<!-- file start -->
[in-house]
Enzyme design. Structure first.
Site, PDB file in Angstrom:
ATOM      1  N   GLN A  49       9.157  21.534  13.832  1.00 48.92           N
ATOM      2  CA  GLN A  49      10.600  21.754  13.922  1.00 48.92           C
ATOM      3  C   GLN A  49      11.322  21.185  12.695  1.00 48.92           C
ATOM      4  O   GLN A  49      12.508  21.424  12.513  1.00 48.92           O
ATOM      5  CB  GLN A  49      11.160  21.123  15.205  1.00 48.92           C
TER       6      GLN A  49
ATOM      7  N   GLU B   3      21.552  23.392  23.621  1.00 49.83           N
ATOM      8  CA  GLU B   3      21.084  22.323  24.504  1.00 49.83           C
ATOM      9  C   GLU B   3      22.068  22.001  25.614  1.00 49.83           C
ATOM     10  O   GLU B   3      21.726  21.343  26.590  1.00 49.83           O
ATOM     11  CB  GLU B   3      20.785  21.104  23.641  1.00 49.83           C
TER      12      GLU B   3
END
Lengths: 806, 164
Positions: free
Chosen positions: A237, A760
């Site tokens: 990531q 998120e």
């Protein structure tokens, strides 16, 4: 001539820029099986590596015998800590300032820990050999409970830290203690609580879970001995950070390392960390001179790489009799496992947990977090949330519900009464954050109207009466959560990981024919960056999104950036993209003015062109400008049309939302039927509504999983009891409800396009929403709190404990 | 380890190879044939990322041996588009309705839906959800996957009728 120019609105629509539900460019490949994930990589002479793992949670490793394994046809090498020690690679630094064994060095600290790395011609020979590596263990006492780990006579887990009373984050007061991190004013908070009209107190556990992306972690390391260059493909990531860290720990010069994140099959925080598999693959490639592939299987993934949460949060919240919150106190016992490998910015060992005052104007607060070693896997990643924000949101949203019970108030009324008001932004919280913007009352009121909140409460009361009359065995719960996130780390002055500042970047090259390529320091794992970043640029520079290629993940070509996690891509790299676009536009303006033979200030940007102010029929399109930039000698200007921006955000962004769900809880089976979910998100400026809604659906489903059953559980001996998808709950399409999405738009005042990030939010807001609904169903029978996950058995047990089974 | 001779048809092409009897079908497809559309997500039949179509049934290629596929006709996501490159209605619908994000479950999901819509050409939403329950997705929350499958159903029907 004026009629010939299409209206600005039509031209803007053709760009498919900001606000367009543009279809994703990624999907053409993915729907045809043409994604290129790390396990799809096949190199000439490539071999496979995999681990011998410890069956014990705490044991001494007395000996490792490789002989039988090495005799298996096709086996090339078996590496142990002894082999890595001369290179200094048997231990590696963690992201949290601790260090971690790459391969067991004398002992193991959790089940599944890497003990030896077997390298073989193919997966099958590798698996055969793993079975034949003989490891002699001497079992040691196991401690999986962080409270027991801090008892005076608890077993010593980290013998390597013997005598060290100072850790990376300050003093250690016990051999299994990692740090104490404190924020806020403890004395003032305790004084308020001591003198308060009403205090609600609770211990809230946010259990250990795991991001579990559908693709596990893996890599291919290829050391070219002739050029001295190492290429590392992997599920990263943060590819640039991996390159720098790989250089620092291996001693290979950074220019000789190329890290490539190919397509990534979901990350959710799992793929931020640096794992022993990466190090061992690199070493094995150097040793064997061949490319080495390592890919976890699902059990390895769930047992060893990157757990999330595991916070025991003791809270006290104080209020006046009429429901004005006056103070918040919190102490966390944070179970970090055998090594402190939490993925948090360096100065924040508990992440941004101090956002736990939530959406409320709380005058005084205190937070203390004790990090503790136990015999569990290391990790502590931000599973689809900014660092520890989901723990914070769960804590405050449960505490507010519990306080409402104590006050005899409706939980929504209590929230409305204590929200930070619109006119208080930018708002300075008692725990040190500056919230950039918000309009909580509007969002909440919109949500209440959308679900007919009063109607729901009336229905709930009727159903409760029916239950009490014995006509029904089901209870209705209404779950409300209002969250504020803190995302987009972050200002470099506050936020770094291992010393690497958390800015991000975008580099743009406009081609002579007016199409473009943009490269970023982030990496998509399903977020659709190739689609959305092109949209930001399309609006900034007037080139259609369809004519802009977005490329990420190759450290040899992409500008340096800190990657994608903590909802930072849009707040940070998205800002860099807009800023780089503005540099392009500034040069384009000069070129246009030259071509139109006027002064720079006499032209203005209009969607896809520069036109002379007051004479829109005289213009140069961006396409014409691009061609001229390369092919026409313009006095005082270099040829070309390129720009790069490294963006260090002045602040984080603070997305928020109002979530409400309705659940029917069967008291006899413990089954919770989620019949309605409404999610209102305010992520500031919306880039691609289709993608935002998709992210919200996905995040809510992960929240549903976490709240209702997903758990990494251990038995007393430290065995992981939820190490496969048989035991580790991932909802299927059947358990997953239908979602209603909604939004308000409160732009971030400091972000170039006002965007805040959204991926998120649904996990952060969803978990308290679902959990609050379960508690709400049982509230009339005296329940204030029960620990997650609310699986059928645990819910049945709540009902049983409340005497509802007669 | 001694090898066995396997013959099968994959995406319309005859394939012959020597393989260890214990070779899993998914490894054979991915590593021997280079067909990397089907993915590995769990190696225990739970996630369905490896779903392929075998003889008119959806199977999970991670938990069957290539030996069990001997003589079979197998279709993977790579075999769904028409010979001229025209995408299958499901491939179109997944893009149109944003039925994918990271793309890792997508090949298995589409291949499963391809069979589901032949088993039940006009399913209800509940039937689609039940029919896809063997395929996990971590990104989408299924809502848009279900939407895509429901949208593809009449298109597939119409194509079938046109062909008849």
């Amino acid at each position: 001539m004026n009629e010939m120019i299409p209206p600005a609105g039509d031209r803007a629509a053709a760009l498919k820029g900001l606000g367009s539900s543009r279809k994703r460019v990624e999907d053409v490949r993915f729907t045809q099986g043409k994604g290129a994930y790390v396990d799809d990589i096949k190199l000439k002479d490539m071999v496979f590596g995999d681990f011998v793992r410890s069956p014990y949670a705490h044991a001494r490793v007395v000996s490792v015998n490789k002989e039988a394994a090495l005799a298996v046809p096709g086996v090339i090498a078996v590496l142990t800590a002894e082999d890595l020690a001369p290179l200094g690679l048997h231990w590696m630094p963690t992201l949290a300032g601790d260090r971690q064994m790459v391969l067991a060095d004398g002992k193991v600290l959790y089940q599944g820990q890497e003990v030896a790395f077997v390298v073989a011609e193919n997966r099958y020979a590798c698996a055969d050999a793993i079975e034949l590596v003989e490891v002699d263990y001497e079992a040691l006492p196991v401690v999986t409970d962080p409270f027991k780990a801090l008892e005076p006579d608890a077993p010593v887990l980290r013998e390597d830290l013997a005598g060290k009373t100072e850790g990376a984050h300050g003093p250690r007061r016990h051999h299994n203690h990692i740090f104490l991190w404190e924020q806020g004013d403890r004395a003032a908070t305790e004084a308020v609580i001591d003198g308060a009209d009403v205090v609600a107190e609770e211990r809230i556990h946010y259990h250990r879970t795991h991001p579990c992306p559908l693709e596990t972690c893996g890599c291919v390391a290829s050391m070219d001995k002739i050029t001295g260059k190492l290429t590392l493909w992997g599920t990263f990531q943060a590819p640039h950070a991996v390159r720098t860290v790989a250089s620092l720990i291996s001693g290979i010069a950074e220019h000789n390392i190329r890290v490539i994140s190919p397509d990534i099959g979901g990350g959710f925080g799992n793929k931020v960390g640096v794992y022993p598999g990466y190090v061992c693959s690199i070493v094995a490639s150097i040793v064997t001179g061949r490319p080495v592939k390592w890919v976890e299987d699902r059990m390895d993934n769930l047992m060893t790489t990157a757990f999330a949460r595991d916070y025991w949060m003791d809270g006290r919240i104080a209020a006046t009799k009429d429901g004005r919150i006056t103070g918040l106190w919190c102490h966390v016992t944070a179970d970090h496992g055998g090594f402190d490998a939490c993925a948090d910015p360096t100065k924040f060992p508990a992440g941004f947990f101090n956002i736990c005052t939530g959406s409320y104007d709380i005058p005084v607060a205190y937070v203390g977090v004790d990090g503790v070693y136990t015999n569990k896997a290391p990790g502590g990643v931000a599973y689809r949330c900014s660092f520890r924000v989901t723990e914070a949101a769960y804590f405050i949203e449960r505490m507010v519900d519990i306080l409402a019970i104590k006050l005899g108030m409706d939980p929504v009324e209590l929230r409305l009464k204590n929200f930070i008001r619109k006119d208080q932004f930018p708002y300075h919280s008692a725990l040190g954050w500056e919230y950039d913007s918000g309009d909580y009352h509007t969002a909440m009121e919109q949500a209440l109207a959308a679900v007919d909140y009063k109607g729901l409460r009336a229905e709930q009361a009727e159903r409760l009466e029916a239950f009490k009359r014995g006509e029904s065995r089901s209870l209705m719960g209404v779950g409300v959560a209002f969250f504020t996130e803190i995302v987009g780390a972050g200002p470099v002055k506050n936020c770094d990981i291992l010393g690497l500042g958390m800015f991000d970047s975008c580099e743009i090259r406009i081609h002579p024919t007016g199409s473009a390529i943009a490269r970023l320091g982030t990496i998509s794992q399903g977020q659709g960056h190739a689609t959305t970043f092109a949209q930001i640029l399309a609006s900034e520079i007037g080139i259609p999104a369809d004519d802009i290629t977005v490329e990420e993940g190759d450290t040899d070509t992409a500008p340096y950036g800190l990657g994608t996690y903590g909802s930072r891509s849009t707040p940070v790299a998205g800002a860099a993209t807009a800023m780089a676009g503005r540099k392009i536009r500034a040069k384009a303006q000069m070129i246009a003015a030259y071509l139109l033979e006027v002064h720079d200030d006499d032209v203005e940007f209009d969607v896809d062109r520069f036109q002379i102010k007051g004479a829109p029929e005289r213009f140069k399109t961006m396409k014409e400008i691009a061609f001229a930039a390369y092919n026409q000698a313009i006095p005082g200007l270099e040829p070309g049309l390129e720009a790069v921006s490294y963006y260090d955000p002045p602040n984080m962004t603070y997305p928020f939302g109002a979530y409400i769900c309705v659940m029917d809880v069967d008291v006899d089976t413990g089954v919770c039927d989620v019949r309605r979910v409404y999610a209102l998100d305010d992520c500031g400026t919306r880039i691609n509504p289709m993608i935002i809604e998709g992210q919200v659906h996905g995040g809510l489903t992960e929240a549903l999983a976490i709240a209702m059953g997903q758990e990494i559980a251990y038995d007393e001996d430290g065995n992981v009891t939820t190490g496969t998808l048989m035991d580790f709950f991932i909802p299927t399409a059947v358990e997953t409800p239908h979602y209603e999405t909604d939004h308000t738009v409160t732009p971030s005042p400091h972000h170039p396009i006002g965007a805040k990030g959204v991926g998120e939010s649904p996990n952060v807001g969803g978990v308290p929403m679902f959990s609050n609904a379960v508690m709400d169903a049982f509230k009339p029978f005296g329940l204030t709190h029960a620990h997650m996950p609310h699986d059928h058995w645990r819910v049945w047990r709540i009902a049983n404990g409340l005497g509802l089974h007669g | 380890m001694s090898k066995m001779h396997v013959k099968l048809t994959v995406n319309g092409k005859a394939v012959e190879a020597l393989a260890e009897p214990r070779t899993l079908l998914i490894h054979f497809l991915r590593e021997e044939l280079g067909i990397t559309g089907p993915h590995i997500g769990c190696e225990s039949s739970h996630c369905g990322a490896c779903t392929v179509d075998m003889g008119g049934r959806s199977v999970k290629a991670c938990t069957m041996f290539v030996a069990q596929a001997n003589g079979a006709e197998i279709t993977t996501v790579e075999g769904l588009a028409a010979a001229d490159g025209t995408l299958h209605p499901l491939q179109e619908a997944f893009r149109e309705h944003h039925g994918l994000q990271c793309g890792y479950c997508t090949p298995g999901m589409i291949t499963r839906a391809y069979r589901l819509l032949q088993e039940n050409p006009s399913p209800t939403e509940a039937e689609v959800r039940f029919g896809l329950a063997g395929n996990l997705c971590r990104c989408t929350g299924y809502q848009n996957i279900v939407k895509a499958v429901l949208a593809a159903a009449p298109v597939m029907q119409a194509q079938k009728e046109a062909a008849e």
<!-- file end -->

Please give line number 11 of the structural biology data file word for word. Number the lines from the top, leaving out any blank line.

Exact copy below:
ATOM      8  CA  GLU B   3      21.084  22.323  24.504  1.00 49.83           C